On June 5, 2014, I invited ten men to help me explore this question through an interactive workshop I facilitated in Lancaster, PA.  (See Practicum)  While participants proffered insights into this question, the unfolding workshop process revealed its own compelling set of answers.  Neither the workshop or this essay offers definitive answers to “where are the Playback men?” But this combination of applied and researched exploration suggests a range of possibilities, each hopefully also suggesting a response to more purposefully invite men into the inherently inclusive and nonviolent work of Playback Theatre in North America.

Why Focus on Men?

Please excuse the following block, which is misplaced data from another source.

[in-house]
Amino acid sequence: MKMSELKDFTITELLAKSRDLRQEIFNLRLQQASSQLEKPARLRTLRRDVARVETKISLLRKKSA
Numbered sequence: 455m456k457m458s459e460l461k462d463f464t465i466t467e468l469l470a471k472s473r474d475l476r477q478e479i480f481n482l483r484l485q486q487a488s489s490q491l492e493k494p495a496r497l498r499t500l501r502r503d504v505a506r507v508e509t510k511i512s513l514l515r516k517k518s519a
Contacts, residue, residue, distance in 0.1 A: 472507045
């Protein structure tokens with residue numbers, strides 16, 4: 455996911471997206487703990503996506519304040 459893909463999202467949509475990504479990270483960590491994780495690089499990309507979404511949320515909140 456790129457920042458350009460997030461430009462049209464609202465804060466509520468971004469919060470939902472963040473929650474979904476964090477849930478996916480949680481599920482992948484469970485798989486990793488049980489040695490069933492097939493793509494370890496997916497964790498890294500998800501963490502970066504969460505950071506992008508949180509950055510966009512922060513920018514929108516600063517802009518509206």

Since the 1970s, the liberal academy has increasingly highlighted the stories and empowerment of groups on the margin of the patriarchic Western society: women, people of color, non-heterosexual and transgendered people, people with disabilities, indigenous peoples to name a few.  This movement is important, but it’s also incomplete in my view.  The skills and insights emerging in postmodern Western society may be empowering women, people of color, non-heterosexual folks, and more, but it does not seem to be having nearly such a positive effect on those with traditional patriarchic privilege, particularly white men in the United States.  From hyper-violent imagery in sports or movies to the political rhetoric of “conservatism” centered on violence, ethno-centrism and misogyny, a new story of men clearly needs to be told.